by Walter Simmons
PERSICHETTI: Te Deum; Parable IX; Four Cummings Choruses; Symphony No. 6 (Excerpts). Tennessee Tech Choral Union and Chamber Orchestra conducted by James Wattenbarger; Tennessee Tech Concert Choir conducted by Robert Chancellor; Tennessee Tech Symphonic Band conducted by Vincent Persichetti and Wayne Pegram. USC SOUND ENTERPRISES KM-1558
Here is yet another release devoted entirely to music by one of America’s most influential and multidimensional creative figures. Today newly thirty of Persichetti’s works are available on records, although soma of these are not listed in Schwann (notably the extraordinary two-record set produced by Arizona State University containing the four string quartets). The disc under discussion is the 11th release in a series sponsored by Tennessee Tech University, each installment of which is devoted to the music of one American composer. Previous issues have focused upon Morton Gould, Vaclav Nelhybel, and others.
Persichetti’s Te Deum of 1963, for chorus and orchestra, is a significant first recording. Somewhat more massive in gesture than one often finds in Persichetti’s music, it is nevertheless clear in texture and basically diatonic in substance, with a ruggedly unsentimental vigor that is distinctly American, yet without any of the clichés of musical Americana. A slight impression of episodic choppiness may be due to tempos that are considerably slower than the score specifies. If I am not mistaken, this is the first choral work of Persichetti to be recorded.
Four Cummings Choruses, with piano accompaniment, were composed one year after the Te Deum, and represent Persichetti’s more genial, impish vein. These sprightly settings of dominic has a doll, maggie and milly and molly and mary, nouns to nouns, and uncles are joyful and easily likable.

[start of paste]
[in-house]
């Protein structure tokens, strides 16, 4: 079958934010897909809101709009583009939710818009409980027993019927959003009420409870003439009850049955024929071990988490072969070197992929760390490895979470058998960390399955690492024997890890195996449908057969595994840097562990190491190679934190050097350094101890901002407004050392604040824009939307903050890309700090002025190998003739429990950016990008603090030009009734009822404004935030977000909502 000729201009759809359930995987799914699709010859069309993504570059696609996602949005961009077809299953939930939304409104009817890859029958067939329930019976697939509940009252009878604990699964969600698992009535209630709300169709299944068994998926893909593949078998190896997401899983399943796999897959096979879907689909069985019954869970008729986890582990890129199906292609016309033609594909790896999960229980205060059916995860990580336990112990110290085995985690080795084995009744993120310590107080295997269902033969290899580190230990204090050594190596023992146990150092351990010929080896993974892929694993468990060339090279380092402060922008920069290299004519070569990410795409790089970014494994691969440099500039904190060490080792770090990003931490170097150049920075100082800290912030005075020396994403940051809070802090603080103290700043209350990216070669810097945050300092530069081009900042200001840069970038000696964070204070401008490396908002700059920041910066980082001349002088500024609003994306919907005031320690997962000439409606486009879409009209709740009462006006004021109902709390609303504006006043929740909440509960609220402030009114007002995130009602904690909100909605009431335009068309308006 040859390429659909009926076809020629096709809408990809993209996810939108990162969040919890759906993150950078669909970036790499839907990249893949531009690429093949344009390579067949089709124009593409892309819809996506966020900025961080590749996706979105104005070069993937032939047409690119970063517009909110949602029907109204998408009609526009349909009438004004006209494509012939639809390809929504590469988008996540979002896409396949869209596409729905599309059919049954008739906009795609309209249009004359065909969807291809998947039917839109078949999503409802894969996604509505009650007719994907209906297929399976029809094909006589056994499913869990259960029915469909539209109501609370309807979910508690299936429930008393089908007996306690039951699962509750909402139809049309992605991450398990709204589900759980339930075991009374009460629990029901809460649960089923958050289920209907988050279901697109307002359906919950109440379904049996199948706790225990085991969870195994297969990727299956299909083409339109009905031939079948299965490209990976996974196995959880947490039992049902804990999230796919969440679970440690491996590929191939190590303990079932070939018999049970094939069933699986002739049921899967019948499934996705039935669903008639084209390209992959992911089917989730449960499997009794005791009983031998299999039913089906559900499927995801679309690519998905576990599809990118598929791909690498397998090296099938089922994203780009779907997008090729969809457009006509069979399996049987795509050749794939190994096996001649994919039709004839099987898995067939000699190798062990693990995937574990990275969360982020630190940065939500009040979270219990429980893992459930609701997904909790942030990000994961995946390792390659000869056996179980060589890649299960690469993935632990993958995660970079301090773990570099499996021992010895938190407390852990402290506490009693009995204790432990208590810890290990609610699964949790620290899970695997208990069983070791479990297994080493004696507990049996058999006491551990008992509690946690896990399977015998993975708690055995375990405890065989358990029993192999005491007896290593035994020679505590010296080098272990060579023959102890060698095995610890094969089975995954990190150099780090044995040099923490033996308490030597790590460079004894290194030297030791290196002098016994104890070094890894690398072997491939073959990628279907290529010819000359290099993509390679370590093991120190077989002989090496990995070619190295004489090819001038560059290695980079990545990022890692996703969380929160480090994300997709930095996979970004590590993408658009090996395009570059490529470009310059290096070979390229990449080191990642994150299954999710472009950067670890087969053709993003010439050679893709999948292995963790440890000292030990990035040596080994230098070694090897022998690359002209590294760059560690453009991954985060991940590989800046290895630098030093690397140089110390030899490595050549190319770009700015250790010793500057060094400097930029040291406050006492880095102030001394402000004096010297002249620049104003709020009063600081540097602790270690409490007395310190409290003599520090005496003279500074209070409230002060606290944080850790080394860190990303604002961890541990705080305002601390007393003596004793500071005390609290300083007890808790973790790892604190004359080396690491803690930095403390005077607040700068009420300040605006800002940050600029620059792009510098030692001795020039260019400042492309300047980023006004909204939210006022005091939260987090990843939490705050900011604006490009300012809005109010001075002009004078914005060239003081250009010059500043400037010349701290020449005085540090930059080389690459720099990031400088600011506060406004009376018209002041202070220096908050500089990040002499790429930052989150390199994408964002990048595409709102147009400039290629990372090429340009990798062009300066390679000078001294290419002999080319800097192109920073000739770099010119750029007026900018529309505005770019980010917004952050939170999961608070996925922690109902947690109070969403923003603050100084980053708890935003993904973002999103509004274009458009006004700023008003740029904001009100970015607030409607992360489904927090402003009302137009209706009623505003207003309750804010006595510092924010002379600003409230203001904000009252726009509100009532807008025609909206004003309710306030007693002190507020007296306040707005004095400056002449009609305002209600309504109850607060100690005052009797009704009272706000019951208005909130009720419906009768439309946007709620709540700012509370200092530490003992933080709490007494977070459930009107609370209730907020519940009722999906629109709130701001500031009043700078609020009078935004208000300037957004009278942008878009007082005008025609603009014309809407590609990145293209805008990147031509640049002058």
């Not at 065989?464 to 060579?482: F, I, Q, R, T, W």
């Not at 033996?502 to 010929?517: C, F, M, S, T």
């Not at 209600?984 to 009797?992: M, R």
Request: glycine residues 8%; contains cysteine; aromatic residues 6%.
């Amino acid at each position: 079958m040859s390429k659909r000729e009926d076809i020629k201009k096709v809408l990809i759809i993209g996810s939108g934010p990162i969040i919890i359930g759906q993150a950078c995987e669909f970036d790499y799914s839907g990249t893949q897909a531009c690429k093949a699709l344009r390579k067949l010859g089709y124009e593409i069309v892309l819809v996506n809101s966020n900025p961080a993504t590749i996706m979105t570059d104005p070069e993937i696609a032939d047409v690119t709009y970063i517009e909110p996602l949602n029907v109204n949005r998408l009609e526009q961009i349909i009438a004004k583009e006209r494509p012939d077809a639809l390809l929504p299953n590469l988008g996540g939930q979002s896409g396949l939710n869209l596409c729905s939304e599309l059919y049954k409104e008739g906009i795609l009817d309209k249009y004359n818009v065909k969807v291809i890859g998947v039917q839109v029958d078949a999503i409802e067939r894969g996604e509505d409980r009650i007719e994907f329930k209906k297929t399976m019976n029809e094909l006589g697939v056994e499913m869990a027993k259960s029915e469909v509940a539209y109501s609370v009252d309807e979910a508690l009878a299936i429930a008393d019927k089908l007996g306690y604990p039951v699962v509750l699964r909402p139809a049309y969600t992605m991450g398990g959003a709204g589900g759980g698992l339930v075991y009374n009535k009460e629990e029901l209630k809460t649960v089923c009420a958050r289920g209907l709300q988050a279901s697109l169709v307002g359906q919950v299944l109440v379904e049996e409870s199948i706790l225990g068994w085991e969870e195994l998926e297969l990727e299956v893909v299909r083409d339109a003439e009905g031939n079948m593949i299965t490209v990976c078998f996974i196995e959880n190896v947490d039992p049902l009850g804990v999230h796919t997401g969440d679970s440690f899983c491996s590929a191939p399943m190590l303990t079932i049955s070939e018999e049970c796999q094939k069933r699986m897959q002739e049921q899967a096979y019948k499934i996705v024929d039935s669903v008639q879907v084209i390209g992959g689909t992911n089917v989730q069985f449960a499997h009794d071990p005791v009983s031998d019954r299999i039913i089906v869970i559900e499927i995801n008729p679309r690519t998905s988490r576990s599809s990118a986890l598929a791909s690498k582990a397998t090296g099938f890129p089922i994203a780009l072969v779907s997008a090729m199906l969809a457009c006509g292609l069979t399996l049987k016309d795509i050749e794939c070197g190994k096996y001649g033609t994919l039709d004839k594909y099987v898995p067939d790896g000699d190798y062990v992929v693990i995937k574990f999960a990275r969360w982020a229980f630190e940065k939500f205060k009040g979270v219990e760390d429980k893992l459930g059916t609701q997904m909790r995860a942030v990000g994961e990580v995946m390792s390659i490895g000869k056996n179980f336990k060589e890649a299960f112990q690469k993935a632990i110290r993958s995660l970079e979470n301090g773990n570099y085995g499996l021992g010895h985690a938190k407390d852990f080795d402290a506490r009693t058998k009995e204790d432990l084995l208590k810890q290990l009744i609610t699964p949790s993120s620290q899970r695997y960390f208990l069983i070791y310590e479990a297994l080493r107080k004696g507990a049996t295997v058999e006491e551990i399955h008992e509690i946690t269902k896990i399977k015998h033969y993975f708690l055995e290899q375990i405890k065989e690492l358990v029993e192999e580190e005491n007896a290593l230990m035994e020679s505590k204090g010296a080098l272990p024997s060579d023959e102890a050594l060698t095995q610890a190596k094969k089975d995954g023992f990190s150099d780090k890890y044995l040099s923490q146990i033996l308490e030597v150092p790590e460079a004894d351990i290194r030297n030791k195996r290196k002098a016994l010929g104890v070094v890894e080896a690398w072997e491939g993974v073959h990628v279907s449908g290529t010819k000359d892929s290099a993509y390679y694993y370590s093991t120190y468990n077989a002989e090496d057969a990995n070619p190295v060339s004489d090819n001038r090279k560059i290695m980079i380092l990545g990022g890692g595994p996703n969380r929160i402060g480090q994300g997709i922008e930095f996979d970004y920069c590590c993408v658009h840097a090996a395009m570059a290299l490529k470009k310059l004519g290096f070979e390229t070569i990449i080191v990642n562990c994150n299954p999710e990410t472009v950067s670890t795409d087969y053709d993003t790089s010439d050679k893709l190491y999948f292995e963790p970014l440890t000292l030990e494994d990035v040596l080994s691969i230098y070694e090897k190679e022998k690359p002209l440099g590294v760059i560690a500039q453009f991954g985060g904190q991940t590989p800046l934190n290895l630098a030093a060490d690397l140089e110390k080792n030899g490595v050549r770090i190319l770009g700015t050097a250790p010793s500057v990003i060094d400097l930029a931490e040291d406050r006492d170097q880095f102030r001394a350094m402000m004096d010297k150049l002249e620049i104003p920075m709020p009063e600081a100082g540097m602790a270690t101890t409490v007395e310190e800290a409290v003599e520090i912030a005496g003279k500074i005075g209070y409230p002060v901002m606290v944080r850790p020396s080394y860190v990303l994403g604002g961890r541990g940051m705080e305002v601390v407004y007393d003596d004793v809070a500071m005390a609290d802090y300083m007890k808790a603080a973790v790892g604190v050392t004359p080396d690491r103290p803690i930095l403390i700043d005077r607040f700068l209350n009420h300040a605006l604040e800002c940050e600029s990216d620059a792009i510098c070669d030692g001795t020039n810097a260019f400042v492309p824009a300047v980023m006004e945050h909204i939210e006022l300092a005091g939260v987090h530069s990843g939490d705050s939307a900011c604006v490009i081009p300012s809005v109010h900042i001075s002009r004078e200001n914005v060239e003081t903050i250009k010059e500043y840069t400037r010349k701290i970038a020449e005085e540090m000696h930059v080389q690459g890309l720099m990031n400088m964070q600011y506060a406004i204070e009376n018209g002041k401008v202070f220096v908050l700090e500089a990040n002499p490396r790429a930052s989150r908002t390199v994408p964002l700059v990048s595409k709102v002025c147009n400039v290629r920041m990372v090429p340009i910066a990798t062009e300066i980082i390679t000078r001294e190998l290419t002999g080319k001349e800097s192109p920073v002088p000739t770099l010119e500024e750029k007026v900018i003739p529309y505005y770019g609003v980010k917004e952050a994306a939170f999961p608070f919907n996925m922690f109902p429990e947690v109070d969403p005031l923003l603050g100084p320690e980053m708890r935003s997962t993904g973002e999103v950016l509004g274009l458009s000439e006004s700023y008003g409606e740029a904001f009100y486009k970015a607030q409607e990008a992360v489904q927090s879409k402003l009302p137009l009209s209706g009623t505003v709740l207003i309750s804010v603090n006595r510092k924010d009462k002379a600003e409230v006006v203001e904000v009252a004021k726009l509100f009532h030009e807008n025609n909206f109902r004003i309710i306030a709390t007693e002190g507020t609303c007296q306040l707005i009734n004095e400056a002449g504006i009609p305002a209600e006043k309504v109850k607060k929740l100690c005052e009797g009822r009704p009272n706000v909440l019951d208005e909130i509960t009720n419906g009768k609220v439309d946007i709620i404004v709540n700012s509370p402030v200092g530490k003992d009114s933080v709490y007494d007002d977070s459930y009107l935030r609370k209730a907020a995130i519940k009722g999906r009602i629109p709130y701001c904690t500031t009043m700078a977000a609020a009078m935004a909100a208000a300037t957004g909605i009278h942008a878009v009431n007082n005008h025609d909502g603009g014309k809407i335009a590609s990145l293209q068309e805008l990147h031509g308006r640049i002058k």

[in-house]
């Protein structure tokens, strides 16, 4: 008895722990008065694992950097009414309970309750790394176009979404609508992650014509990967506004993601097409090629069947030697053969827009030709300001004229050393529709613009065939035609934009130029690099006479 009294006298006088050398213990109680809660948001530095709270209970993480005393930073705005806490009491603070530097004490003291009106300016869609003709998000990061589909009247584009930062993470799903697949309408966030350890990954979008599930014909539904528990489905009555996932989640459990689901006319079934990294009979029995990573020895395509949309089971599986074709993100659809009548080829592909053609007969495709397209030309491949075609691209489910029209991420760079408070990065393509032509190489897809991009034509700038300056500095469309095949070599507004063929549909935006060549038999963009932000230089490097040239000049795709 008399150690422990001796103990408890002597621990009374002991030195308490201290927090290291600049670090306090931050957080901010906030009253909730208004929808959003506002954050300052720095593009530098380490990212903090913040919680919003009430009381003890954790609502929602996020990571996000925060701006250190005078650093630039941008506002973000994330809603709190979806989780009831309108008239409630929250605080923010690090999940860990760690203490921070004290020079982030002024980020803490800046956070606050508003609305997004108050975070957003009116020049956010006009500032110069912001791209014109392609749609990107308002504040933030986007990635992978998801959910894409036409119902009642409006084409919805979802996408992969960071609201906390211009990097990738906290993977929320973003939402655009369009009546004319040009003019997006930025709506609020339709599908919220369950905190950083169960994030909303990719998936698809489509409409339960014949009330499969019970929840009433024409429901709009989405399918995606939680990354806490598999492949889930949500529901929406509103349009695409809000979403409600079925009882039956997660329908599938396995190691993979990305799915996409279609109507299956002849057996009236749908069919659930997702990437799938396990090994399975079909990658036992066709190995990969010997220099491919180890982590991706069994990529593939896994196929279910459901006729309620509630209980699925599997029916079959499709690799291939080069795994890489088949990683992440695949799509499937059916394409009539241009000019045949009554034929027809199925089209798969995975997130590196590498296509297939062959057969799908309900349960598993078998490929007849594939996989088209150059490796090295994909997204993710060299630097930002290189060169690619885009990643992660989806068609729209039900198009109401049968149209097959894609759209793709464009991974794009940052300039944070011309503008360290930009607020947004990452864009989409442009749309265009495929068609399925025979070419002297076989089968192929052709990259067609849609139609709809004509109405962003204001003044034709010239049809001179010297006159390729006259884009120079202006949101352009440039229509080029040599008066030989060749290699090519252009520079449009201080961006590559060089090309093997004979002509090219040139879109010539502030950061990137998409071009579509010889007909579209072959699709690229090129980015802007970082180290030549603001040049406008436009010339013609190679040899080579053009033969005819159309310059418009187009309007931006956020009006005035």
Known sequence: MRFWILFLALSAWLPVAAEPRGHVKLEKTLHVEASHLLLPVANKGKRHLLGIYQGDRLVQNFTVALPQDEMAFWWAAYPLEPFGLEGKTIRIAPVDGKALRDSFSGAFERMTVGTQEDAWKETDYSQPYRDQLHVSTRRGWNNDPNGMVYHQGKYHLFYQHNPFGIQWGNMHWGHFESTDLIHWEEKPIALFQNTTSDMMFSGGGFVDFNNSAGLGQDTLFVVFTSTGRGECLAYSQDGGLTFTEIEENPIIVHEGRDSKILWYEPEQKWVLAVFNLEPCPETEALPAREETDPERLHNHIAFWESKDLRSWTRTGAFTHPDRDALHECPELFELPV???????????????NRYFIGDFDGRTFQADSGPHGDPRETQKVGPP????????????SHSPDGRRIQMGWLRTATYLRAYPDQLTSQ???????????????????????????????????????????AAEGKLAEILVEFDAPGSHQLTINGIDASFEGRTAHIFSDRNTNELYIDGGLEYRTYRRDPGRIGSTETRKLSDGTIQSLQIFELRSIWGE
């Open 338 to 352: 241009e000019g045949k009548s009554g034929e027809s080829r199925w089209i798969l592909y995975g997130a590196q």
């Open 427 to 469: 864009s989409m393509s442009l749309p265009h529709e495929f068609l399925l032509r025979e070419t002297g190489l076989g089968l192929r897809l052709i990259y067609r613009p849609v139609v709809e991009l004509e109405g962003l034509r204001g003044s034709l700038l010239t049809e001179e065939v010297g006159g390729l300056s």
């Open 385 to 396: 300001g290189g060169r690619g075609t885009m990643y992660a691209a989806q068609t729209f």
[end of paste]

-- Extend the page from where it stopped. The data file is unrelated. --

Parable IX, Persichetti’s very ambitious recent work for band, makes its second appearance on records in several months. An extremely challenging piece for the performers, it demands attentive listening as well, as its structure is articulated with great concentration. Yet all is propelled by Persichetti’s ever lithe and graceful rhythmic flow, and textures are characteristically transparent, so that this concentration of activity never becomes turgid or congested, as is often the case with music that attempts to pack too much into too short a time span, in the name of economy. A particularly noteworthy feature of this work is the manner in which virtuoso treatment of the instruments, in solo and ensemble, is built into the substance of the music. The performance, under the composer’s own direction, is quite competent, although the rendition by the University of Kansas Symphonic Band (Golden Crest ATH-5055) offers more crispness, clarity, precision, and dynamic contrast—important factors in this music. Of course, Golden Crest’s is a studio performance, which gives it an advantage over Tennessee Tech’s live concert recording.
The inclusion on the recording of the inner movements of Persichetti’s Sixth Symphony is quite superfluous, since the space might better have been devoted to a different piece in its entirety. Of course, the Sixth Symphony is probably Persichetti’s most widely performed work, and understandably so; anyone interested in contemporary American music who is unfamiliar with this inexhaustibly ebullient, warm, and delightful work ought to waste no time in acquiring it on Mercury 75094.
The potential purchaser of this record should be warned that the production is not fully up to professional standards. The performances, while adequate to introduce the music, are definitely of amateur/student caliber. There is a high level of tape hiss, applause is included after each selection, and, most irritating of all, the Cummings Choruses are not presented in their proper order. But they and the Te Deum are good music, and this is the only way to acquire them, so Persichetti fans will probably want the record simply for those pieces.